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dc.contributor.authorGregory, Bethan S.
dc.contributor.authorClaire, Mark
dc.contributor.authorRugheimer, Sarah
dc.date.accessioned2021-03-25T16:30:01Z
dc.date.available2021-03-25T16:30:01Z
dc.date.issued2021-05-01
dc.identifier273483761
dc.identifier044bc701-35a9-4b17-acb6-d4d61278ec1c
dc.identifier85101275051
dc.identifier000631258000010
dc.identifier.citationGregory , B S , Claire , M & Rugheimer , S 2021 , ' Photochemical modelling of atmospheric oxygen levels confirms two stable states ' , Earth and Planetary Science Letters , vol. 561 , 116818 . https://doi.org/10.1016/j.epsl.2021.116818en
dc.identifier.issn0012-821X
dc.identifier.otherORCID: /0000-0001-9518-089X/work/91340952
dc.identifier.otherORCID: /0000-0003-1620-7658/work/91341004
dc.identifier.urihttps://hdl.handle.net/10023/21721
dc.descriptionThis work was supported by the European Research Council (ERC) under the European Union's Horizon 2020 Research and Innovation programme (grant no. 678812 awarded to M.W.C).en
dc.description.abstractVarious proxies and numerical models have been used to constrain O2 levels over geological time, but considerable uncertainty remains. Previous investigations using 1-D photochemical models have predicted how O3 concentrations vary with assumed ground-level O2 concentrations, and indicate how the ozone layer might have developed over Earth history. These classic models have utilised the numerical simplification of fixed mixing ratio boundary conditions. Critically, this modelling assumption requires verification that predicted fluxes of biogenic and volcanic gases are realistic, but also that the resulting steady states are in fact stable equilibrium solutions against trivial changes in flux. Here, we use a 1-D photochemical model with fixed flux boundary conditions to simulate the effects on O3 and O2 concentrations as O2 (and CH4) fluxes are systematically varied. Our results suggest that stable equilibrium solutions exist for trace- and high-O2/O3 cases, separated by a region of instability. In particular, the model produces few stable solutions with ground O2 mixing ratios between 6×10-7 and 2×10-3 (3×10-6 and 1% of present atmospheric levels). A fully UV-shielding ozone layer only exists in the high-O2 states. Our atmospheric modelling supports prior work suggesting a rapid bimodal transition between reducing and oxidising conditions, and proposes Proterozoic oxygen levels higher than some recent proxies suggest. We show that the boundary conditions of photochemical models matter, and should be chosen and explained with care.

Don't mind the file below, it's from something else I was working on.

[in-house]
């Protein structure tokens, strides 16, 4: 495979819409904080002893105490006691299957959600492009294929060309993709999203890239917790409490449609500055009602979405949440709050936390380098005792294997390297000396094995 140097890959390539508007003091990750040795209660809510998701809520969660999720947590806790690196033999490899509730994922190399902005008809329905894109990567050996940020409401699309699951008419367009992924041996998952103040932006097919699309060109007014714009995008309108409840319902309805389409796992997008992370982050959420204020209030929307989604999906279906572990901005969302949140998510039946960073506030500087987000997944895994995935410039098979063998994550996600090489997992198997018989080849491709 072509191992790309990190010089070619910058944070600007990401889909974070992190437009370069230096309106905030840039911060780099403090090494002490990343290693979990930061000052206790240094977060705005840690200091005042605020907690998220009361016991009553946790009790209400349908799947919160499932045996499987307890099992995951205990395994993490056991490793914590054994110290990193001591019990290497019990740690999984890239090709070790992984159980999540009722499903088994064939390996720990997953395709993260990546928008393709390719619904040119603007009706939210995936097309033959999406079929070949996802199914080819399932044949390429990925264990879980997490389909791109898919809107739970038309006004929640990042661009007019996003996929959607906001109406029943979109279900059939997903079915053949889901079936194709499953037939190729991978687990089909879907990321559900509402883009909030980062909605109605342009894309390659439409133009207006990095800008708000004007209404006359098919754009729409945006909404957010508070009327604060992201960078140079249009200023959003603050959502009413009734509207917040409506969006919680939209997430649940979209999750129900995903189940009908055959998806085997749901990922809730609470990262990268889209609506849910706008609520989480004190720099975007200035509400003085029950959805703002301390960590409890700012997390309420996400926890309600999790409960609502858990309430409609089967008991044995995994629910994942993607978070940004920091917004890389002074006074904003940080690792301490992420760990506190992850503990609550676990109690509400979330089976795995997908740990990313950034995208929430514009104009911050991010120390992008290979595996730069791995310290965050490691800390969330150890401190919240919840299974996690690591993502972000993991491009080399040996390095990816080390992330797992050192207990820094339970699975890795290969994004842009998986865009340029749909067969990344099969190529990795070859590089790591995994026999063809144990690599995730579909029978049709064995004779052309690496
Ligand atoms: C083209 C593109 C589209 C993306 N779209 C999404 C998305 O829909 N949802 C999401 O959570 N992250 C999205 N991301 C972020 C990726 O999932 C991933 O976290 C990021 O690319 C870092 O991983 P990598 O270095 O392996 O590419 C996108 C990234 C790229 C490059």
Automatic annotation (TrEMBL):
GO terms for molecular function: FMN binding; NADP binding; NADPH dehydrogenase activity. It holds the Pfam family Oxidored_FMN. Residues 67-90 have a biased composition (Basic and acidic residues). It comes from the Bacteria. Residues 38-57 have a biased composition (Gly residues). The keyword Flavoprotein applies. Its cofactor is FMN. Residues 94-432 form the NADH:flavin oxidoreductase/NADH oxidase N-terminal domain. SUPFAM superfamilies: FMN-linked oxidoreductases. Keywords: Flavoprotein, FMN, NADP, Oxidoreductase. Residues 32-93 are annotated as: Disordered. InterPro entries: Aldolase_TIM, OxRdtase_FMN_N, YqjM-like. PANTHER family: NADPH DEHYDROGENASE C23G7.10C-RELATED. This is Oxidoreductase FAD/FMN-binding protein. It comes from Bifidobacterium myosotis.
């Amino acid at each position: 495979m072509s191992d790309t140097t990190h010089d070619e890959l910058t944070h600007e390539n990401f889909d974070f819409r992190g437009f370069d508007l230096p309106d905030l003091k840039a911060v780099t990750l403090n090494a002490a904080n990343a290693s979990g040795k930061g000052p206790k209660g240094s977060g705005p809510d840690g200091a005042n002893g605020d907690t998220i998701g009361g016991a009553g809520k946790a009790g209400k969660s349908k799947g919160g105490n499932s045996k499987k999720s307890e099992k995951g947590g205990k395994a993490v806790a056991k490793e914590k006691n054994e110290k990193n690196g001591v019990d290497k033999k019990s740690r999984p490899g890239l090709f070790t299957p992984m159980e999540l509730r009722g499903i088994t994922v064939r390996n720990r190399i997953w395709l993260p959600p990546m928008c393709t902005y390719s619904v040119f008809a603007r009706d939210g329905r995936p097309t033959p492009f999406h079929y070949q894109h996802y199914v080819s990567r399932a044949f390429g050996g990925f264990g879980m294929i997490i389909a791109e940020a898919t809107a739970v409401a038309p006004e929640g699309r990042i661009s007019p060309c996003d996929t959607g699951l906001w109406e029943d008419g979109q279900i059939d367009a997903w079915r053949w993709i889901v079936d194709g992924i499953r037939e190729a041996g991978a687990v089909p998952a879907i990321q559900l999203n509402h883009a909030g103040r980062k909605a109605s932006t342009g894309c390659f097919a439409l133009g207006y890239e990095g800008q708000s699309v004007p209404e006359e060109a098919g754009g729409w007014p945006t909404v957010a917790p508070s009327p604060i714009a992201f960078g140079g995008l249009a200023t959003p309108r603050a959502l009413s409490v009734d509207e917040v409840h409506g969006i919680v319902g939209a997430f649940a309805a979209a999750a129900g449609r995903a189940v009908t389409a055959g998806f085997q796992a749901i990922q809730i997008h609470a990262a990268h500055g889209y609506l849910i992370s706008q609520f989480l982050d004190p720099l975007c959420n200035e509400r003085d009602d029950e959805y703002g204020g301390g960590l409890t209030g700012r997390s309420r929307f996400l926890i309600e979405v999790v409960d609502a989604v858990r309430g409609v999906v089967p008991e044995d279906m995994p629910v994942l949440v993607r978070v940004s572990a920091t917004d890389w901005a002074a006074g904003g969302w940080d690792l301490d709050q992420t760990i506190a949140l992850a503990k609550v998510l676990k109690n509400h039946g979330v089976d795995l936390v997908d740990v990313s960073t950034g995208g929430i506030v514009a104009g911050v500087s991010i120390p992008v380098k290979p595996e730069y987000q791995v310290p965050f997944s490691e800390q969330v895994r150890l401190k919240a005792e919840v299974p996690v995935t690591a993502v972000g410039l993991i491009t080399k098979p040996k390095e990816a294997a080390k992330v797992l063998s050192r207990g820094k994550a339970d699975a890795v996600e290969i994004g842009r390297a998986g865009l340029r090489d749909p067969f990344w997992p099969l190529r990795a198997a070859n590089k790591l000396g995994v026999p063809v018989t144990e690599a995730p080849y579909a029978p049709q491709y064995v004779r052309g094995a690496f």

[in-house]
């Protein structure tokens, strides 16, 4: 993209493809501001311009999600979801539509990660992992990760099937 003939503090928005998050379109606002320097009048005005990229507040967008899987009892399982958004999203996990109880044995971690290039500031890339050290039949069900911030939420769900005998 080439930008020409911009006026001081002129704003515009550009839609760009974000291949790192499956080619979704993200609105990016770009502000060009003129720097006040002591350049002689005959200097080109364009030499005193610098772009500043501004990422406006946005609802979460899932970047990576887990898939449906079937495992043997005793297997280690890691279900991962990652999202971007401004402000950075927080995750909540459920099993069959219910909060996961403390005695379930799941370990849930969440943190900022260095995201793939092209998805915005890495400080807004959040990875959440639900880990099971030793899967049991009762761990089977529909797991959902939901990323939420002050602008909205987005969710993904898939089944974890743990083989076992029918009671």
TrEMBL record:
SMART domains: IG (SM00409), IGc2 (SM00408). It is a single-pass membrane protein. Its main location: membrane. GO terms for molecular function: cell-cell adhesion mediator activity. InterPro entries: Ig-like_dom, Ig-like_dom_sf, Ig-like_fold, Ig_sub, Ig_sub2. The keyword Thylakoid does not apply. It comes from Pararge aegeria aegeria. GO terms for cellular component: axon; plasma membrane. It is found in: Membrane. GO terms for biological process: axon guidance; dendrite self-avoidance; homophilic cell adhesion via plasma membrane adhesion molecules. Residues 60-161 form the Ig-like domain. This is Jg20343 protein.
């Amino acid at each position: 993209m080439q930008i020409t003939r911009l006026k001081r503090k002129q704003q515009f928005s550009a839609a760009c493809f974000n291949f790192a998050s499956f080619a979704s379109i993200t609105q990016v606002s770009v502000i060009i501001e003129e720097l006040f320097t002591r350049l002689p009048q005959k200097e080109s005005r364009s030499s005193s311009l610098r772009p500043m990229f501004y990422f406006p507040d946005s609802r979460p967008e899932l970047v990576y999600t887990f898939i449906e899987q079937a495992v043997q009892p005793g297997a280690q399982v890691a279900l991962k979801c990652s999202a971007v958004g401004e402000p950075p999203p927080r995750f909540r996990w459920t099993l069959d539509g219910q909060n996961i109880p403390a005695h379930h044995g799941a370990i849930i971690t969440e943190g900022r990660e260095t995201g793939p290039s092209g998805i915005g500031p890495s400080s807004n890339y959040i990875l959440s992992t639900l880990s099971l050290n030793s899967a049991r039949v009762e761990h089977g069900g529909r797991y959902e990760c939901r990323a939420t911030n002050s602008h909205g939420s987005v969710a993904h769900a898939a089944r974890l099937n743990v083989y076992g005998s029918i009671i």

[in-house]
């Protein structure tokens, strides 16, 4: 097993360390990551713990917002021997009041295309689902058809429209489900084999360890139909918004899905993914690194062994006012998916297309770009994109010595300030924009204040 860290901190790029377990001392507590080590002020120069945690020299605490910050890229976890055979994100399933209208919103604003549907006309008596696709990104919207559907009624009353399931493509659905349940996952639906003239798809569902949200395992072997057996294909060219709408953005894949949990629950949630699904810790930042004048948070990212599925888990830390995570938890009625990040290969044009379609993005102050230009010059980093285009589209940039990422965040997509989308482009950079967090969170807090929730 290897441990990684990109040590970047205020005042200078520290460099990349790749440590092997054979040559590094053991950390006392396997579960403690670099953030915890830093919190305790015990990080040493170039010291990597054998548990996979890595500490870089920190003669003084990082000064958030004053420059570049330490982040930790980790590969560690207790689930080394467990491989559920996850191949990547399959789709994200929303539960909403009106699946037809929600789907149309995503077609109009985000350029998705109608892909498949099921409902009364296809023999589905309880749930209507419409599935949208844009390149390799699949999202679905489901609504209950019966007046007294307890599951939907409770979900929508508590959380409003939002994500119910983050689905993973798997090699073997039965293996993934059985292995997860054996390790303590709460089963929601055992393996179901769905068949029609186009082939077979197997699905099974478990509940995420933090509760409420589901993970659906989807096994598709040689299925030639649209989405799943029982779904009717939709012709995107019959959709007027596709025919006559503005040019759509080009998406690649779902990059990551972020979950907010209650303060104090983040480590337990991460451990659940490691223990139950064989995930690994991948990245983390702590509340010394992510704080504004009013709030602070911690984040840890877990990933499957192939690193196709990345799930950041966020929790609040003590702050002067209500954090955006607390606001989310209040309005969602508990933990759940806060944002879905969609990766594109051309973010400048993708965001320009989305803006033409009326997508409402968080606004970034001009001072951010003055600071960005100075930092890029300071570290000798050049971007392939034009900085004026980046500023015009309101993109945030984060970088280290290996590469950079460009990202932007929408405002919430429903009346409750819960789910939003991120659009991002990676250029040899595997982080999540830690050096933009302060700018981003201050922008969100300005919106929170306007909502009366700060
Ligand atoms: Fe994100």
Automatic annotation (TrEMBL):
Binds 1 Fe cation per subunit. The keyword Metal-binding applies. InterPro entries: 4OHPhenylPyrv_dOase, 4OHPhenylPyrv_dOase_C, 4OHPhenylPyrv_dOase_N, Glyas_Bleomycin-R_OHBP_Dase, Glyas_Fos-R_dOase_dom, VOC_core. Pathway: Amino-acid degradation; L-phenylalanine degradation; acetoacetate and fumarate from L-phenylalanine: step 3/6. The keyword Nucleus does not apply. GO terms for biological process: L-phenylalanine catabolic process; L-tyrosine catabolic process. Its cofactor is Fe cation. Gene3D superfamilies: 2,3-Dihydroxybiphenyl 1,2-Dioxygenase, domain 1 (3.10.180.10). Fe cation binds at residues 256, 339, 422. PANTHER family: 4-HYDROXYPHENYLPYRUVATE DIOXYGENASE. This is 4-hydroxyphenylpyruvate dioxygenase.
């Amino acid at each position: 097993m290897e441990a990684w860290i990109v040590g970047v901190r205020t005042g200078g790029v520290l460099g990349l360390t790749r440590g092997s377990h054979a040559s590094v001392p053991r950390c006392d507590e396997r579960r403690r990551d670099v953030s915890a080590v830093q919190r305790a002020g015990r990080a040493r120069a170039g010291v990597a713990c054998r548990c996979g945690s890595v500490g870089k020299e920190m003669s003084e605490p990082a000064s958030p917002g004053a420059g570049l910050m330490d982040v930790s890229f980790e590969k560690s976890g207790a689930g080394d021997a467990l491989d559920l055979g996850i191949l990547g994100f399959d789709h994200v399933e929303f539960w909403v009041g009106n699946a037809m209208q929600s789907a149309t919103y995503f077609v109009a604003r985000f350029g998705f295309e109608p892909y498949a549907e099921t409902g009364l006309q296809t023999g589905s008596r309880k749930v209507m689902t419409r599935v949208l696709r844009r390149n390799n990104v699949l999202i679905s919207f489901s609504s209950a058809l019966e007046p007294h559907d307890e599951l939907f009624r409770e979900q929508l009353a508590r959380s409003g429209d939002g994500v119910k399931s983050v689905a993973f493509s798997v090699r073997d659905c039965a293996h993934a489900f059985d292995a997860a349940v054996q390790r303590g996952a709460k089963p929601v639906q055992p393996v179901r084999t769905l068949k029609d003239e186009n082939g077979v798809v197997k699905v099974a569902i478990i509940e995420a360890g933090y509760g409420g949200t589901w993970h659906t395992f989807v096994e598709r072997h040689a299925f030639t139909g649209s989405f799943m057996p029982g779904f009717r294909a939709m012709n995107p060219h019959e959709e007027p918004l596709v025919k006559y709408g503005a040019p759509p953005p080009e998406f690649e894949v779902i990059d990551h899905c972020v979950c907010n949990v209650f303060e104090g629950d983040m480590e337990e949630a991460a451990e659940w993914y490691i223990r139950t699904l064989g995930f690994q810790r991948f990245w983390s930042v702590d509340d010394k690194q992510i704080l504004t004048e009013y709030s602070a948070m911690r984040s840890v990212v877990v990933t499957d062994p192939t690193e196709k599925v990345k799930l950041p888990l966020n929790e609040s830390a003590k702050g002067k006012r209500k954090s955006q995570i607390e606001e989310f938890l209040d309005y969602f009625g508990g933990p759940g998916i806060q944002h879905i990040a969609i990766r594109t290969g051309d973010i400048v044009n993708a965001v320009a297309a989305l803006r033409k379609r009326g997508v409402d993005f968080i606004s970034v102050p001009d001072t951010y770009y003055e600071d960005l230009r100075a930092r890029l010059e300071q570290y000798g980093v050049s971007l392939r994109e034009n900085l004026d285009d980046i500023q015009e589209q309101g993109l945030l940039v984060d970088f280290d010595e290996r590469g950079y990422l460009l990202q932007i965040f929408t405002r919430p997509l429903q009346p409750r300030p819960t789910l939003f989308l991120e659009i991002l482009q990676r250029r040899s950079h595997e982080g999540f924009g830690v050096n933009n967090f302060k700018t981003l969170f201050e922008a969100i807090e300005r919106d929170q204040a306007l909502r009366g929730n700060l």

dc.format.extent12
dc.format.extent1428469
dc.language.isoeng
dc.relation.ispartofEarth and Planetary Science Lettersen
dc.subject1-D photochemical modellingen
dc.subjectAtmospheric evolutionen
dc.subjectOxygenen
dc.subjectOzoneen
dc.subjectMethaneen
dc.subjectProterozoicen
dc.subjectGE Environmental Sciencesen
dc.subjectDASen
dc.subject.lccGEen
dc.titlePhotochemical modelling of atmospheric oxygen levels confirms two stable statesen
dc.typeJournal articleen
dc.contributor.sponsorEuropean Research Councilen
dc.contributor.institutionUniversity of St Andrews. St Andrews Centre for Exoplanet Scienceen
dc.contributor.institutionUniversity of St Andrews. School of Earth & Environmental Sciencesen
dc.identifier.doihttps://doi.org/10.1016/j.epsl.2021.116818
dc.description.statusPeer revieweden
dc.identifier.urlhttps://www.sciencedirect.com/science/article/pii/S0012821X21000777?via%3Dihub#se0220en
dc.identifier.grantnumber678812en


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